The lack of housing supply has been a major issue for some time, and IMLA hopes the Chancellor will announce significant measures to combat this in the Autumn Statement. While it is imperative that the government builds more homes, IMLA would also welcome a more innovative approach to overcoming the lack of supply. In order to boost homeownership, policymakers would be wise to examine how they might support both first-time buyers buying and older homeowners downsizing by boosting liquidity in the housing market through further adjustments to Stamp Duty. In short, it would be encouraging to see the government manage the housing crisis with a joined-up approach that takes the needs of the whole market into account.
IMLA also hopes that the Chancellor addresses some of the challenges caused by ever-growing regulation of the mortgage market. Mortgage lenders are absolutely committed to supporting an increase in housing supply and greater homeownership, but they are being confronted by multiple layers of regulation which hinder both innovation and responding to under-served market niches. IMLA and the industry would therefore welcome a fully independent review of market regulation and its effect on lending.
Above all else, IMLA would welcome Philip Hammond outlining a sensible and flexible approach to housing policy in his debut Autumn Statement next month. It is imperative that policy is joined-up across different markets, and takes regional variations into account.
Stewart Baseley is executive chairman of the Home Builders Federation (HBF)
We are facing an acute housing crisis and the ‘new’ government has already demonstrated a commitment to increased housing provision. At the Conservative Party conference, ministers from Theresa May used their platform speeches to prioritise housing supply, and we saw a number of measures announced aimed at stimulating growth. The past three years have seen big increases in supply. These have been on the back of a strong economy and positive policies such as Help to Buy that are driving new-build sales and improvements to the overarching planning system.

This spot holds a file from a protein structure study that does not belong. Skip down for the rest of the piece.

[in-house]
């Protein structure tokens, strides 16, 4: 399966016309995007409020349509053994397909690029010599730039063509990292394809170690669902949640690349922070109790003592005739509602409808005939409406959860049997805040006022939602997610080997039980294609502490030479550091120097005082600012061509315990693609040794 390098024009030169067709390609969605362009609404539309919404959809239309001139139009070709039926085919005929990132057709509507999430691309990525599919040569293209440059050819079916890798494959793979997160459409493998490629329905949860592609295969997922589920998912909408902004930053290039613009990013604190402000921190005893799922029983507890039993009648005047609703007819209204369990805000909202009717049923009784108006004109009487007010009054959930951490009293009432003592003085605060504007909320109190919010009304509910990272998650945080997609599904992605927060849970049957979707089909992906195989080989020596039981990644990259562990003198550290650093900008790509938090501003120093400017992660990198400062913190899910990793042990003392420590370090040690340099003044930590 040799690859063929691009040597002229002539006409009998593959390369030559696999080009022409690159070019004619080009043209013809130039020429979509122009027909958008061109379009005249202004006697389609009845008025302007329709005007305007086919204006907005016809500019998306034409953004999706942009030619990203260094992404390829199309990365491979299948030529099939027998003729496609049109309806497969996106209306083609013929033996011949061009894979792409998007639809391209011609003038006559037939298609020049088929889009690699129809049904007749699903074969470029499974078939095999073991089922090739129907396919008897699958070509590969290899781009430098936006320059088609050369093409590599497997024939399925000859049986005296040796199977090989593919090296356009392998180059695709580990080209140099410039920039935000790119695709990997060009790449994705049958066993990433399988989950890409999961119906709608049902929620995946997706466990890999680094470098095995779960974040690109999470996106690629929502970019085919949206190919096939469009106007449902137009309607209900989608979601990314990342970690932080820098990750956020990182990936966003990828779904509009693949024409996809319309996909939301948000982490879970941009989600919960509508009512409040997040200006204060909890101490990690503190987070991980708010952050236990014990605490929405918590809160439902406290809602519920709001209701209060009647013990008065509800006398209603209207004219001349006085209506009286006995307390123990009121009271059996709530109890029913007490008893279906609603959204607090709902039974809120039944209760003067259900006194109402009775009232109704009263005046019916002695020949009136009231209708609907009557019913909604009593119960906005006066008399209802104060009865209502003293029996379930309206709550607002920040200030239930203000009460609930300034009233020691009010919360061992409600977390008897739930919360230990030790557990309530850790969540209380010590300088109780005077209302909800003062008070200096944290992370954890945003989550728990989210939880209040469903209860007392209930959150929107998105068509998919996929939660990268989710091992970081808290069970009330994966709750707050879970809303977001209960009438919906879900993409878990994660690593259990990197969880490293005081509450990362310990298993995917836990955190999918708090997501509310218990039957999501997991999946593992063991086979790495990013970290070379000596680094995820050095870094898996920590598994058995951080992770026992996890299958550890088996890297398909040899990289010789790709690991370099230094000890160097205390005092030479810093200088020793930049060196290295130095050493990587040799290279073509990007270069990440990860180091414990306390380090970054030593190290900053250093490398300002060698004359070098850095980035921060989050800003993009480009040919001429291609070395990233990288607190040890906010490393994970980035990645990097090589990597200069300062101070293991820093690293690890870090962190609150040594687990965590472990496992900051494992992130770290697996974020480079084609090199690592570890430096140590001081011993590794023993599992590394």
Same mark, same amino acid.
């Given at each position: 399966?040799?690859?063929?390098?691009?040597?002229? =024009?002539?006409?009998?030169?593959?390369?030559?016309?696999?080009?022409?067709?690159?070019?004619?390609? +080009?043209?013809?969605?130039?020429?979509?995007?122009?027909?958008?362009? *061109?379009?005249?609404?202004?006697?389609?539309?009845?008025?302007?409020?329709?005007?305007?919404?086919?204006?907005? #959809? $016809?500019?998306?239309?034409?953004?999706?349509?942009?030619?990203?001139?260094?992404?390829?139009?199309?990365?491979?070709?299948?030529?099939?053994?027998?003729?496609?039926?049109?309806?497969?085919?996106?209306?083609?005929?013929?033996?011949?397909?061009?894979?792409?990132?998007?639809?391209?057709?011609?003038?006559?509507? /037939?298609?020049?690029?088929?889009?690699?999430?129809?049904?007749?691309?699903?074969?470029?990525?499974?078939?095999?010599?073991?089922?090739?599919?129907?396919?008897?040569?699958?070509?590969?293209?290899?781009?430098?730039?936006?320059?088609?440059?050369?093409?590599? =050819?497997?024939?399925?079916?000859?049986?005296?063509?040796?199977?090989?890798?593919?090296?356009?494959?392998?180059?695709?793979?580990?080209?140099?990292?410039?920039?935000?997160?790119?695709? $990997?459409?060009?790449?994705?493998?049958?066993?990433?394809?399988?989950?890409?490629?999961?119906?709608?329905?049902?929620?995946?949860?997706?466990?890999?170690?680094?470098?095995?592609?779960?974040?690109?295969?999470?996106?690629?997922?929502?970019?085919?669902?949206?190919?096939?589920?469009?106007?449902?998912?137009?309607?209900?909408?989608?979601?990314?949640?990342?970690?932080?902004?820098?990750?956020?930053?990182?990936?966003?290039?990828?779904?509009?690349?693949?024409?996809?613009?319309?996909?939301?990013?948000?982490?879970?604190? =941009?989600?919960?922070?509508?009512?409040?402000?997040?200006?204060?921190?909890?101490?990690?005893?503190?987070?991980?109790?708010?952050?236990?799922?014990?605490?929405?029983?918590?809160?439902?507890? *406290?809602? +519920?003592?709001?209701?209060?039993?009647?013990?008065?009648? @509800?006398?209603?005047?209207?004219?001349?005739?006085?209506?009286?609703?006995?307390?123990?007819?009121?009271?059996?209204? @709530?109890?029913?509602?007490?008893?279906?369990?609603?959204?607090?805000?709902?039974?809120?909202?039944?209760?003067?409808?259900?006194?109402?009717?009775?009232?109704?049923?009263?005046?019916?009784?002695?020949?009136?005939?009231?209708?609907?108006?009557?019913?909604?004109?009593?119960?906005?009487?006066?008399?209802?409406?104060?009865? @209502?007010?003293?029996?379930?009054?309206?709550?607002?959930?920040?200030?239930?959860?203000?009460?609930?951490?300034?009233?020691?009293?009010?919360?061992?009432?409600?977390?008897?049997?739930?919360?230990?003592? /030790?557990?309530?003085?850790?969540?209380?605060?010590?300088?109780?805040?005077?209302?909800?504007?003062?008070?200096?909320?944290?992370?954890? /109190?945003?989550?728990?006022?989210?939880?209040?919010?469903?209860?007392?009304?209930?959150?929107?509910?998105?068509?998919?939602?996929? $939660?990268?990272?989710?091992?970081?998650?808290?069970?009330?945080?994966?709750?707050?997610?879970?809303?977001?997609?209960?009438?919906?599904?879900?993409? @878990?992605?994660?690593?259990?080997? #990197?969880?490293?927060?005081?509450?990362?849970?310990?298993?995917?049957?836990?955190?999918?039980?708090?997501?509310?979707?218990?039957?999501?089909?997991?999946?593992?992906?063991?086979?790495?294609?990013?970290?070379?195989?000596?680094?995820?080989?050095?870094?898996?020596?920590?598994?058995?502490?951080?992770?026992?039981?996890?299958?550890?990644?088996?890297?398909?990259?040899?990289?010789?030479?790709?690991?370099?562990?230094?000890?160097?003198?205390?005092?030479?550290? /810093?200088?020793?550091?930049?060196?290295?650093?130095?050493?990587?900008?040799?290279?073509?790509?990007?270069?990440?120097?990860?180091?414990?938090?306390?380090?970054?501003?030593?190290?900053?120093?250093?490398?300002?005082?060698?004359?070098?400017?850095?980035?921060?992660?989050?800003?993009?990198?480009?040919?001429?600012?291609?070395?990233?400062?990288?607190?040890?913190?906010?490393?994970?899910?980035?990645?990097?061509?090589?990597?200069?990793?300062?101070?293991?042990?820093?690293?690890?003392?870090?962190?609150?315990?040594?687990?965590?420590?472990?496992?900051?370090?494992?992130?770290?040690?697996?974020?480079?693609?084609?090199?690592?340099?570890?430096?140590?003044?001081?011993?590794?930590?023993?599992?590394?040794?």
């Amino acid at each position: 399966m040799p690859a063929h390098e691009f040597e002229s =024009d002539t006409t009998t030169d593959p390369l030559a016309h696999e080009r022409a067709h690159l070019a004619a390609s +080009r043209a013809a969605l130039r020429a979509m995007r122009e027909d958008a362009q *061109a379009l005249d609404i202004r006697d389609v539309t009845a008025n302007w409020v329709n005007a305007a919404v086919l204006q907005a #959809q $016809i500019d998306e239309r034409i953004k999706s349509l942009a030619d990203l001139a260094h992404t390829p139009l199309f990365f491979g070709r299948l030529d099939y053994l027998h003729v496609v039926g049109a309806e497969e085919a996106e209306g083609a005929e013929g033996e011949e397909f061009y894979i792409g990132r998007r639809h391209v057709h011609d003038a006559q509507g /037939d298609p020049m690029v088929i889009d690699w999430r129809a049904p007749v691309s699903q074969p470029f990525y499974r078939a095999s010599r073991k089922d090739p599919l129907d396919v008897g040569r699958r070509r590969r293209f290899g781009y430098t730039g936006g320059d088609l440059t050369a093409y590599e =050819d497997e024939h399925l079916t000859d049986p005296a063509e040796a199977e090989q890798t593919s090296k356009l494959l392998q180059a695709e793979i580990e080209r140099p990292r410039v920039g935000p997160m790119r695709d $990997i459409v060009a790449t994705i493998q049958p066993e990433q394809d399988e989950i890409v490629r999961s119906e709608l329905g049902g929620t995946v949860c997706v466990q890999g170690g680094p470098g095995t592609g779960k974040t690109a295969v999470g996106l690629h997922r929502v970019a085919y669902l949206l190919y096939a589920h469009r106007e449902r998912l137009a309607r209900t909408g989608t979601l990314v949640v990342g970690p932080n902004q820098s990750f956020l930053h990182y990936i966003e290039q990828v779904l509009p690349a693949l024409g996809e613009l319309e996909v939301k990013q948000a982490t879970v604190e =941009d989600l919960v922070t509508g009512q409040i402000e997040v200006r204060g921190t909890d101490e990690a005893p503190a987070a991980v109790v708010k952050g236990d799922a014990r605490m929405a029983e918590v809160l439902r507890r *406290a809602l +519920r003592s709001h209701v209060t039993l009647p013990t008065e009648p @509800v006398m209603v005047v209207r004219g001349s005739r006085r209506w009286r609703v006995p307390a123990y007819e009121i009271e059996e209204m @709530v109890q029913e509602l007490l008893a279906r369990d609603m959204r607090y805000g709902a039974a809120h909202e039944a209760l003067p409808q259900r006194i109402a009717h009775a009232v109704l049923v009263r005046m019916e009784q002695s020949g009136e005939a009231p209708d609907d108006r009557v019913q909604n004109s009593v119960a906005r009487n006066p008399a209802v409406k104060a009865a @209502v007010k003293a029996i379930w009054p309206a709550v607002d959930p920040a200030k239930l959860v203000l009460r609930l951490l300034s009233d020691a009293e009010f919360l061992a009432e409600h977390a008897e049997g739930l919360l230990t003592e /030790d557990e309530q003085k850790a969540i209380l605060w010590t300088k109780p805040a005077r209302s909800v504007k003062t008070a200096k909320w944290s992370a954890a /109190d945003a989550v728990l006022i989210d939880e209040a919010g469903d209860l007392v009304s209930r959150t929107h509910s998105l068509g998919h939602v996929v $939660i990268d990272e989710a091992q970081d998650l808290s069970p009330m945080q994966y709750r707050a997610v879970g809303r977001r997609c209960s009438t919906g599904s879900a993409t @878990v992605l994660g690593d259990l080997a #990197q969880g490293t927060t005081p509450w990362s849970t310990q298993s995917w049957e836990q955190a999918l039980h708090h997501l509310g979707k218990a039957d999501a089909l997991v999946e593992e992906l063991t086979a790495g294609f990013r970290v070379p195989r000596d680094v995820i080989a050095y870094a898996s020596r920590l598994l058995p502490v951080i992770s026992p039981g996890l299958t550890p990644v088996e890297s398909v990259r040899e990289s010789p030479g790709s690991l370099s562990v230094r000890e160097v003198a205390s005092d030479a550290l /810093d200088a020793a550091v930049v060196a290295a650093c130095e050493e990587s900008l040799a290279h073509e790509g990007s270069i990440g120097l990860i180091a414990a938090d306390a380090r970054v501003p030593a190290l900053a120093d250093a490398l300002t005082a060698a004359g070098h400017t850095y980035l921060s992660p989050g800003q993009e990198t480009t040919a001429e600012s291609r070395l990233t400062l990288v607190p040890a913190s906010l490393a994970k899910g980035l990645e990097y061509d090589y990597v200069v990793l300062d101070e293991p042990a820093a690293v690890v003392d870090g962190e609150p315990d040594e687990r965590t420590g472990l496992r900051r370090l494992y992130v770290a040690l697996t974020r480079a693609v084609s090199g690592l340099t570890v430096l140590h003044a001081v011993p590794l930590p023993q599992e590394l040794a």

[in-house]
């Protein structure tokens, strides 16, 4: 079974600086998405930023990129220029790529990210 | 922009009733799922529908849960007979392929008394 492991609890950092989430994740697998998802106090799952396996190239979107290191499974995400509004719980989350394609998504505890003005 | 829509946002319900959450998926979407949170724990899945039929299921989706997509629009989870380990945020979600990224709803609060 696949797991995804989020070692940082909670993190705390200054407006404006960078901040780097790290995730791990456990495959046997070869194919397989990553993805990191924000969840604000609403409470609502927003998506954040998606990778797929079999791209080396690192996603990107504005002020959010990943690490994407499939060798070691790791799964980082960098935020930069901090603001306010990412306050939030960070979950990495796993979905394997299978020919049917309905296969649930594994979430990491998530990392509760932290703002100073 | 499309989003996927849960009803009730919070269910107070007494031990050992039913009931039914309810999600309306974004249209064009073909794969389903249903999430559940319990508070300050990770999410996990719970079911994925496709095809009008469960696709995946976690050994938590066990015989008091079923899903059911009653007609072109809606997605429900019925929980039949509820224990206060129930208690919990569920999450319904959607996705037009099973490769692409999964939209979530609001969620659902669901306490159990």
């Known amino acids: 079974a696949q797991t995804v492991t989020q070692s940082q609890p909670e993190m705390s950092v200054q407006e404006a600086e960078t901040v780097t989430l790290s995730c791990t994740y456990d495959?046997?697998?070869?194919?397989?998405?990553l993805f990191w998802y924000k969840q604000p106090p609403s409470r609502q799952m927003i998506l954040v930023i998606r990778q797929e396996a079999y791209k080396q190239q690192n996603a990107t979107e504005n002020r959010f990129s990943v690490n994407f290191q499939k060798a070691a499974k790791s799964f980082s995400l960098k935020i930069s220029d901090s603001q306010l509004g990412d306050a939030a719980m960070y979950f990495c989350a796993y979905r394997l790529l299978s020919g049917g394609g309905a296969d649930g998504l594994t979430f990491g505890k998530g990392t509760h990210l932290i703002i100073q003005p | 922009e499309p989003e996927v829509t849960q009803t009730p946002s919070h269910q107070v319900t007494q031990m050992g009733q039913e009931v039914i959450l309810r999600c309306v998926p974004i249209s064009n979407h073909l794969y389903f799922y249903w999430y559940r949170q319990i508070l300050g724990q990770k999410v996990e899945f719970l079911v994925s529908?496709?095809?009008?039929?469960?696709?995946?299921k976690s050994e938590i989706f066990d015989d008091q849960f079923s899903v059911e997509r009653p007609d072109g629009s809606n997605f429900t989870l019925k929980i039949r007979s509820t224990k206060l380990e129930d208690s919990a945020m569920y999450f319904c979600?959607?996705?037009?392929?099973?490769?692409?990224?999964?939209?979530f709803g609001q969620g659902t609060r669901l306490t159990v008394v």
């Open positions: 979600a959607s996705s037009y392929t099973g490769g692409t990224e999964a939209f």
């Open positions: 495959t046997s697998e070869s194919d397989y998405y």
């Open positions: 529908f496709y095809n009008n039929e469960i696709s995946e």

Earlier this year, HBF on behalf of the major builders, signed a statement of intent with government to deliver further increases in supply. While Brexit led to a pause, the message from government is once again clear – they want more homes, built more quickly, by more builders.
The industry is committed to building more homes and is taking on and training more people and investing in land and its supply chain. Government needs to continue to develop positive policies to boost housing delivery and the Autumn Statement provides an opportunity. Help to Buy has been central to recent growth and we already need to be thinking about what happens in 2021 when the current scheme is due to close.
We are also keen for government to look at SDLT. The cumulative impact of recent changes made have had a severe impact at the top end of the market and for investors that is having a more widespread effect.
Further assistance for SME builders is also needed. Larger companies continue to report growth targets but getting smaller builders building again would boost numbers further. If government gets it right, as well as providing desperately needed homes, housebuilding could also be an even bigger driver of the economy post-Brexit.